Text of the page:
PRIZE: Full scholarship to The Kenyon Review Young Writers workshop, an intensive two-week summer seminar for motivated writers aged 16-18

Lyric Magazine’s College Poetry Contest

DEADLINE: December 1, 2016


NOTES: Must be a college student in the US or Canada to enter

FORMS: poetry

PRIZE: $500

The H.S. Poetry Prize

DEADLINE: December 1, 2016


NOTES: Must be a Sophomore or Junior high school girl in New England

FORMS: poetry

PRIZE: $500

The Society of Classical Poets – 2017 Poetry Competition

DEADLINE: December 31, 2016


NOTES: “The poems must be within the four themes used by the Society, and at least one poem must be in the Issues of Our Age theme.” Read guidelines carefully. No age restrictions.

FORMS: poetry

PRIZE: First place $500, High School Prize: $100, Translation Prize: $100, Hudson Valley, New York Poetry Prize: $100

NFSPS 2016 College Undergraduate Poetry Competition

DEADLINE: Submit between December 1, 2016 and January 31, 2017


NOTES: “Undergraduates working toward a degree in an accredited U.S. college or university during the contest submission period are eligible to enter the CUP Competition.”

FORMS: 10 previously unpublished poems

PRIZE: $500, chapbook publication, 75 printed chapbooks, $300 traveling stipend

Other Contest List Links





NO FEE Submission call & editor interview–Into the Void, READING PERIOD: Oct. 25 – Dec. 25, 2016

Into the Void is an all-inclusive lit mag based in Dublin, Ireland and is “a nonprofit print and digital literary magazine dedicated to providing a platform for fantastic fiction, nonfiction, poetry and visual art from all over the world.” They are committed to giving writers and artists of all experience levels an opportunity. The issues come in print or digital format, are affordably priced, and have gorgeous cover art. They open for submissions on October 25 and the deadline is December 25, 2016.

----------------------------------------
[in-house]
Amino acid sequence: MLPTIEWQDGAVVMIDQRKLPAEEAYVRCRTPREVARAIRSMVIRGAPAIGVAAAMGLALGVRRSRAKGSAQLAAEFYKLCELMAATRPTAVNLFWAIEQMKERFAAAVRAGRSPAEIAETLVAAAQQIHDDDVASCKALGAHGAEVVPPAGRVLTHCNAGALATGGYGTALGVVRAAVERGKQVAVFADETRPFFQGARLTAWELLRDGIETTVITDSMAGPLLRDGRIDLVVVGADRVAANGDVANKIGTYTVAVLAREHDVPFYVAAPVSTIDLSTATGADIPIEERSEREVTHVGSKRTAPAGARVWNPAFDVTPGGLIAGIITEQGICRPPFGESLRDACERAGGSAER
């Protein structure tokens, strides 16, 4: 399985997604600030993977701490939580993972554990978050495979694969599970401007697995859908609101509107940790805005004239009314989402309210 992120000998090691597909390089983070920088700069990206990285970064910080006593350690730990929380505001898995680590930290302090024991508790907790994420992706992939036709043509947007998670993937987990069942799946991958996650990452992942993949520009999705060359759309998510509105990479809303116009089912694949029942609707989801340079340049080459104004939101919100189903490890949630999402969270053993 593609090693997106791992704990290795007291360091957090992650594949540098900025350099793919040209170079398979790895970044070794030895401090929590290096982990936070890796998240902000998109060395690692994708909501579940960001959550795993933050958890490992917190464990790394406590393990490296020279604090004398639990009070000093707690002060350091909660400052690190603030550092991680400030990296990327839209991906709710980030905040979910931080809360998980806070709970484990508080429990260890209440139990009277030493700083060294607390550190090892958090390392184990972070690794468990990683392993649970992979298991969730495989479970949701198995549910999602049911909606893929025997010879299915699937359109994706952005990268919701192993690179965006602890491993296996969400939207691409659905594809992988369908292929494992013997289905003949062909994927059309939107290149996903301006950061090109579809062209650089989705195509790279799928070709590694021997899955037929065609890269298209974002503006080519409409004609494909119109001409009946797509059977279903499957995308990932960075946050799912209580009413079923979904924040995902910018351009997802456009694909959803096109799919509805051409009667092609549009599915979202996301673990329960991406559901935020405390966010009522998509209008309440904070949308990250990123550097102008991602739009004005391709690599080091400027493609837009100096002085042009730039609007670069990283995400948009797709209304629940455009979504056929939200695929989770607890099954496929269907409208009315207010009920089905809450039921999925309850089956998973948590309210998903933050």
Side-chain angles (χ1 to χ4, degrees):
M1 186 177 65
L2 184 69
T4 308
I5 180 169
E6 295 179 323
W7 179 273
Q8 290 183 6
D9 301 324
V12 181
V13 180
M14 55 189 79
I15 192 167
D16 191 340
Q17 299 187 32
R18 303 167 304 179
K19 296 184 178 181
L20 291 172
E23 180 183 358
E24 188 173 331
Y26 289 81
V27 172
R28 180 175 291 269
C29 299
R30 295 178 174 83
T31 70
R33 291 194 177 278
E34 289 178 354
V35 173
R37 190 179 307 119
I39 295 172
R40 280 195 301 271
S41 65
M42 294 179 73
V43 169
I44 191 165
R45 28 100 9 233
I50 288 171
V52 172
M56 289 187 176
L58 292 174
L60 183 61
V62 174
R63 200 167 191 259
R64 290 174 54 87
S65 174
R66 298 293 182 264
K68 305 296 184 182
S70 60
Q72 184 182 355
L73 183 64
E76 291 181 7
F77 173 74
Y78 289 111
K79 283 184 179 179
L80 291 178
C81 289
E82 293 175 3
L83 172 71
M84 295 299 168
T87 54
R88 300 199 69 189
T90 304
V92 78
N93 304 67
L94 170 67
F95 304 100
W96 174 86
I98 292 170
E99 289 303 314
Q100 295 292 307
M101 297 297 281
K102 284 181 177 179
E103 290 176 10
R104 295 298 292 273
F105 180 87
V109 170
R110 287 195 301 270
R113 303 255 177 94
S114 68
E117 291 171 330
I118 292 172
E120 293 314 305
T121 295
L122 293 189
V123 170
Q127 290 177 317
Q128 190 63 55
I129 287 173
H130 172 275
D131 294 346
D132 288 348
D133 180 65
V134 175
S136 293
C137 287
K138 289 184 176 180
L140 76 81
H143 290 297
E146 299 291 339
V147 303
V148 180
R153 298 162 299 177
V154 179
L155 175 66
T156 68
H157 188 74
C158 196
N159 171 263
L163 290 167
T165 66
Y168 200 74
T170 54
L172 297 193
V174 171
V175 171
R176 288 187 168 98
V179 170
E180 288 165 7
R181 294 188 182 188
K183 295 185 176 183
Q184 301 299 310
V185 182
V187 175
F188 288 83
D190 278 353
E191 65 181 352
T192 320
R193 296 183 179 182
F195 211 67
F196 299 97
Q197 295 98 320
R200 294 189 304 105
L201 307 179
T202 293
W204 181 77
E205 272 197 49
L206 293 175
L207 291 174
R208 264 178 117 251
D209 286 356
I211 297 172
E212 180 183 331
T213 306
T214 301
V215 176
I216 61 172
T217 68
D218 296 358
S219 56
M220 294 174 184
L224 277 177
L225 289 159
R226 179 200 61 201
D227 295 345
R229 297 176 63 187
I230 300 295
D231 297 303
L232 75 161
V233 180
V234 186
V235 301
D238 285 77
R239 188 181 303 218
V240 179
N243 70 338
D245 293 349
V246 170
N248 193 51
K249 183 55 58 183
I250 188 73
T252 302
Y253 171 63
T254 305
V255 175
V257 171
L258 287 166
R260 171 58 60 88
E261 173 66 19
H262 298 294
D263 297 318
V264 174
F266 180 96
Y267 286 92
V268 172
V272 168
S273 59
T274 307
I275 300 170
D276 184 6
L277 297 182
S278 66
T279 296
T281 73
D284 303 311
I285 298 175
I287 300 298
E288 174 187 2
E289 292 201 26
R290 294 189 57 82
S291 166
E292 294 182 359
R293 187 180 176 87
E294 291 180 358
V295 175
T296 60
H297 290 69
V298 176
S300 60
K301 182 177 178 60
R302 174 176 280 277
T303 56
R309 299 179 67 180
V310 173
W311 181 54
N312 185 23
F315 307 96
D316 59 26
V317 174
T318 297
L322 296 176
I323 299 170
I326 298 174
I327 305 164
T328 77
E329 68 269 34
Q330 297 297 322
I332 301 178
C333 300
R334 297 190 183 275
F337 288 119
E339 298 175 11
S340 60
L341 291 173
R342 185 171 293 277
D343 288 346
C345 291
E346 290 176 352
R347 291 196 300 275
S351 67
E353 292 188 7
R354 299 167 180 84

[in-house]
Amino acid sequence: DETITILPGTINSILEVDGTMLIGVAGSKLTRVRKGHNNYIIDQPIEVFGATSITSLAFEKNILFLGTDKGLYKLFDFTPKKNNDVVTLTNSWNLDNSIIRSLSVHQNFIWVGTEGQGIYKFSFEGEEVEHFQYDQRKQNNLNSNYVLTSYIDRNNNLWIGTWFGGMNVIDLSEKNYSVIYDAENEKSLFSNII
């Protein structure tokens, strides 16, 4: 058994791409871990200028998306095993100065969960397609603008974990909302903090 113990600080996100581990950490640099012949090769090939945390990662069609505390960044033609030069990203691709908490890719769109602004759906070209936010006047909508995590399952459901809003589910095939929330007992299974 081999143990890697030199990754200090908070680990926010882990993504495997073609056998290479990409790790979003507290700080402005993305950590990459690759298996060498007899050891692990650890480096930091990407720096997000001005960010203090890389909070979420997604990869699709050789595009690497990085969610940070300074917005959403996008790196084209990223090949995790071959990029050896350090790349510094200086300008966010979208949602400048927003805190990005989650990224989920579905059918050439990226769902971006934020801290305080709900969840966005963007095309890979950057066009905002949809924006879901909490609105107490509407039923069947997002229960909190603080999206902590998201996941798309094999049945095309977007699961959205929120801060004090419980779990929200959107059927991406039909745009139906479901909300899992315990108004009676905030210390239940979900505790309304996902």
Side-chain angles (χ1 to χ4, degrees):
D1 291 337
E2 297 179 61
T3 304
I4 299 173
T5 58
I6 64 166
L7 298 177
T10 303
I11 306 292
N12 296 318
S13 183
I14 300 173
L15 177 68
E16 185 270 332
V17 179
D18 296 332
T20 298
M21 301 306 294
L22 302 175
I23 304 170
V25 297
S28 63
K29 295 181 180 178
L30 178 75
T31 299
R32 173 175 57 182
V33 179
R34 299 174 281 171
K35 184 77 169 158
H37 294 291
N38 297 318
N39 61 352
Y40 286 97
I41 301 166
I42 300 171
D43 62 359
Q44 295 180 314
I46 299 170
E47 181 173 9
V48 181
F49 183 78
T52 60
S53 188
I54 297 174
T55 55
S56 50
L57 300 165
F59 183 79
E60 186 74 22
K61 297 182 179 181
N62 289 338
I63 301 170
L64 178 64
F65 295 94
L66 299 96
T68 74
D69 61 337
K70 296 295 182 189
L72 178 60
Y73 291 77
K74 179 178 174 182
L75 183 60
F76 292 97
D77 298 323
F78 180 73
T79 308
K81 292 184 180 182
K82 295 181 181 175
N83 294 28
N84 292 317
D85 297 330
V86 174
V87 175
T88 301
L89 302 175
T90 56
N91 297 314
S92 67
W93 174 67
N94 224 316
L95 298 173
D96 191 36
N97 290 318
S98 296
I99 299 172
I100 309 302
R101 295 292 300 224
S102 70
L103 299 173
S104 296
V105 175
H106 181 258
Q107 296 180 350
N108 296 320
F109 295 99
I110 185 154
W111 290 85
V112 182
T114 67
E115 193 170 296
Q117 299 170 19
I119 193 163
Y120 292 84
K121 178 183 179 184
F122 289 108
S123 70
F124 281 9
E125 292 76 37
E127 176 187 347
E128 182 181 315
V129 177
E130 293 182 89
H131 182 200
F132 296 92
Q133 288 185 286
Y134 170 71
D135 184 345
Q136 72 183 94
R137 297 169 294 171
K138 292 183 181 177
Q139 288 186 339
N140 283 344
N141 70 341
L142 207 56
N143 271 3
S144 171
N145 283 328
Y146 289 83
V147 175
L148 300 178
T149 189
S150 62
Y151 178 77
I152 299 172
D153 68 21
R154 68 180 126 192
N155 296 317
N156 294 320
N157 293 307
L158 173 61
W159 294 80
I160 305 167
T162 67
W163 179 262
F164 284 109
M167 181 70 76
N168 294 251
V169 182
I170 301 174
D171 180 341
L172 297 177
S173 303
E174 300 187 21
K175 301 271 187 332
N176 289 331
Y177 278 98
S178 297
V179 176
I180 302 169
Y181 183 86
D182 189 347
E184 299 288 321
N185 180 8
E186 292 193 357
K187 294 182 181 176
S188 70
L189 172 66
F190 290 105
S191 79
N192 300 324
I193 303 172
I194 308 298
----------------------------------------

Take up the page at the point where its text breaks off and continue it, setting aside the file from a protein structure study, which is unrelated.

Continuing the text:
They are currently also running a poetry contest judged by Heath Brougher of Five 2 One Magazine. The contest has a reasonable entry fee of $3/poem and cash prizes of €150, €50, and €25 + publication. The deadline for the contest is November 30, 2016. Winners will be announced by December 21, 2016. (Gotta love a fast contest!)

I wondered how and why this lit mag came to be, so I asked Into the Void editor Philip Elliot a few questions to find out. See my interview with Elliot and a link to their submission guidelines below.

HOPKINSON: Tell me a little bit about Into the Void.

ELLIOT: Into the Void is a nonprofit print and digital literary magazine based in Dublin, Ireland dedicated to providing a platform for fantastic fiction, nonfiction, poetry and visual art from all over the world. We accept work of all styles and strive to publish that which we feel is honest, heartfelt, and screaming to be seen. We adore beautiful and unique styles of writing but clarity is a must. We are committed to giving writers and artists of all experience levels an opportunity–it’s all about the work.

HOPKINSON: How/why was Into the Void originally started?